As the years have passed, Darcy has forgotten. She was so young when Benny died and the memories seem to be fewer and further between. It’s heartbreaking. A lot of the time it’s as if we are reintroducing her to him as well.
Time is the enemy and the hero all at once. As cliche as it sounds, it can heal. It can breathe joy back into a broken heart. We’ve been lucky to have the other three. We’ve been lucky to have each other. I just wish we could have it all
A month and a half after Benny died it was Christmas. Instead of sending Christmas cards, I was sending thank you cards to amazingly generous people that had helped us out. The second year, I decided there was no way that I could ever send a Christmas card again. It felt weird without my entire family being involved. five years later, not much has changed for me.
My sister sent this to me today and man does this author speak to me. Maybe some day I will be ready to send out cards again, maybe not. That’s the funny thing about grief, everyone’s path is different.
Send the cards. Or dont. Just do whatever makes this season survivable. Sending love.
This is an interesting topic for me because it’s something that I deal with daily between Benny and Fletcher. I’ve written before that I don’t know where one begins and one ends sometimes. I think any parent that has a child of one gender and then goes on to have another probably confuses the memories, calls the child by the wrong name, etc. What makes it even harder is the resemblance between the boys. When Darcy was born she had black spiky hair and looked like Parker (obviously that changed), but both boys came out blonde and looking like Darcy and I.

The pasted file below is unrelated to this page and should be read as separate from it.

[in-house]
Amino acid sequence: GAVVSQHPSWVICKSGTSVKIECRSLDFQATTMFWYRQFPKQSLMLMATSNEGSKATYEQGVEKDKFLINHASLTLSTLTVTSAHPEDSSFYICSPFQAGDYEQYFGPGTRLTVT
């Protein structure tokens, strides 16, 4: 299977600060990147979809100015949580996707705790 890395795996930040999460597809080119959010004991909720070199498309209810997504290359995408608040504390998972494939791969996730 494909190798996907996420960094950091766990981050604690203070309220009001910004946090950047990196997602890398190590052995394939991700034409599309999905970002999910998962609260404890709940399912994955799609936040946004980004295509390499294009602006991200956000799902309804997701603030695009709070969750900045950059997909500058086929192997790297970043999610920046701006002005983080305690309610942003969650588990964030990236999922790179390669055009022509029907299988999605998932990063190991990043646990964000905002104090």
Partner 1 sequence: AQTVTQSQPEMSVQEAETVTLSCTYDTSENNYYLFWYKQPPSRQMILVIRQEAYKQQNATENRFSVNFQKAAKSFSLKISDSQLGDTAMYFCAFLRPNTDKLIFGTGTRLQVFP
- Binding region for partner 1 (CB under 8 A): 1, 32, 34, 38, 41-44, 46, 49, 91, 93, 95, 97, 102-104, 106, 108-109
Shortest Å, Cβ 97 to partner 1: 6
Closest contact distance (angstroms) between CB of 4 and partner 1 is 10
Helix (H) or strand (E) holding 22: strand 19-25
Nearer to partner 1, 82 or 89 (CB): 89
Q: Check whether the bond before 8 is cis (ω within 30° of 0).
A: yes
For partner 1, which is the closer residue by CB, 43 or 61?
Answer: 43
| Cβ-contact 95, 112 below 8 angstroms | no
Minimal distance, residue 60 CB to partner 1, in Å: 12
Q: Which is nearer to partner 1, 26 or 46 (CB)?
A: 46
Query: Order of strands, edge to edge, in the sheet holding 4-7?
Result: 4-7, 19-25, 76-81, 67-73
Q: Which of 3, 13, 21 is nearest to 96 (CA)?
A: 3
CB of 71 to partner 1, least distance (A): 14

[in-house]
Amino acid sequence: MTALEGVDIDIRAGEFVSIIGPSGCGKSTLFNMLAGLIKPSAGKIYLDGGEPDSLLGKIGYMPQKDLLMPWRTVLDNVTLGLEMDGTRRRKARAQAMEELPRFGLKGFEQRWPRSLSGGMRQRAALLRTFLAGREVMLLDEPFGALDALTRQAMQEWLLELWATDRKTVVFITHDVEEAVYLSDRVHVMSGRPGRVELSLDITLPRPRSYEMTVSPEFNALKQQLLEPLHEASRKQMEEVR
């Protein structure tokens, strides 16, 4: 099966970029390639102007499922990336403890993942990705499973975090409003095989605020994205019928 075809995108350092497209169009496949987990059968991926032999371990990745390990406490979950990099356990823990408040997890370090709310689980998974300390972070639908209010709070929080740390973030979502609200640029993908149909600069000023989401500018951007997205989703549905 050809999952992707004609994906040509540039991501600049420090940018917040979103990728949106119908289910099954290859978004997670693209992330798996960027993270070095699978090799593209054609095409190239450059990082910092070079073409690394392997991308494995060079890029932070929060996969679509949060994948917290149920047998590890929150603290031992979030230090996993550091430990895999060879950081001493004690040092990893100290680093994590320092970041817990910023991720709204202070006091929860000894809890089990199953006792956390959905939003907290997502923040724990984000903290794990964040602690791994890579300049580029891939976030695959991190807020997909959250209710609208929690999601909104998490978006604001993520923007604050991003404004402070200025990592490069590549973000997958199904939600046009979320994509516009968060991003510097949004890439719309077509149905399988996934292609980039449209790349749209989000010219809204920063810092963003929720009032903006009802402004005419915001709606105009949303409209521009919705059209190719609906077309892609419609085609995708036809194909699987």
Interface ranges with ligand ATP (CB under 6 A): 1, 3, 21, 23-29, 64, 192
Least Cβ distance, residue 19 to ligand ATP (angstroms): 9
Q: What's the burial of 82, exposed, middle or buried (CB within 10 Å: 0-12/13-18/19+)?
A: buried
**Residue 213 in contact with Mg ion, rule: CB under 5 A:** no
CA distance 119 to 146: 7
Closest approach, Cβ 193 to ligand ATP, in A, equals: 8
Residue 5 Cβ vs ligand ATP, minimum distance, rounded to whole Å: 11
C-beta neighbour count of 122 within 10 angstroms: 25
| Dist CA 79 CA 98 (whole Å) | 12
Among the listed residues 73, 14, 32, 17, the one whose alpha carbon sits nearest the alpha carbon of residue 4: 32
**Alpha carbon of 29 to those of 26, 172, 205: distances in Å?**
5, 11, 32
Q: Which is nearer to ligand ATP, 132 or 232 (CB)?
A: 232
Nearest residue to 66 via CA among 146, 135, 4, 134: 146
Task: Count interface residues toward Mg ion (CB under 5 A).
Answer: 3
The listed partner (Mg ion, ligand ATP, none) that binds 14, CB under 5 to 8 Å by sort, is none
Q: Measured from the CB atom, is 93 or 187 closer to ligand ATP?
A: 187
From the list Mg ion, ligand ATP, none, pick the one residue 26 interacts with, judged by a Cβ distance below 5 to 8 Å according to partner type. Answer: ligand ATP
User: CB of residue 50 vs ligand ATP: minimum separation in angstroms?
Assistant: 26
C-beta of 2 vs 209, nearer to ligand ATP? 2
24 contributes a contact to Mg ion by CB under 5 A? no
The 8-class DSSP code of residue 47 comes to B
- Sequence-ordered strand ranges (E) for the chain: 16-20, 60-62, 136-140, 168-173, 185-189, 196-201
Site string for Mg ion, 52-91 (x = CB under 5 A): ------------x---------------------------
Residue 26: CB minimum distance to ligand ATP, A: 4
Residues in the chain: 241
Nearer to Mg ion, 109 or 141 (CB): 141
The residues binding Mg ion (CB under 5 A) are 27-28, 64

Benny’s a little older than Fletch in the photos, but the resemblance is there. My mother in law had a photo at her house and Parker and I weren’t sure which child it was. I’ve decided this is a good thing and to go with it. Fletch certainly has his own (whiny) personality that sets him apart from his brother.
There are days when it’s hard though, when I’m exhausted and covered in spit up and I think to myself, my goodness, would we be dealing with this infant stuff again if Benny were here? Would we really have had more kids? It’s hard not to get really angry in those moments, to not think we’d past all of this and dealing with 3 year old stuff instead. I’m being brutally honest here. Now, I would never wish that Fletch wasn’t here and after all that we went through to have him, I know how lucky that we are. Those moments are rare and fleeting, and I wish it wasn’t always one or the other, but that we could have them both here together.
This is my dark. My one or the other. It sucks. I could never choose between my boys, I love them both so much. It was never my choice in the first place. Some days it feels like a choice though. When I realize that the day has passed and I haven’t spent any real time thinking about Benny, but I spent the whole day with Fletch. The guilt is insane. I haven’t been to the cemetery since Fletch was born. I’m working on figuring out how to have both exist in my life. It’s this weird balancing act that always seems out of whack.
Fletcher is my light, he is my happiness and my hope. I would do anything in the world to see him smile or get a chuckle out of him. There is nothing that I love more than to snuggle that little man or see him interacting with Darcy. He has brought so much life into this family. He has brought so much happiness into my life.
How do they coexist together? How do I grieve when I am so happy? Anyone that thinks having another child after yours is deceased makes it easier is dead wrong. It makes it complicated, because Fletcher’s life will always be intertwined with Benny’s death. It’s so hard to grieve and feel joy simultaneously and that’s what I’m struggling with.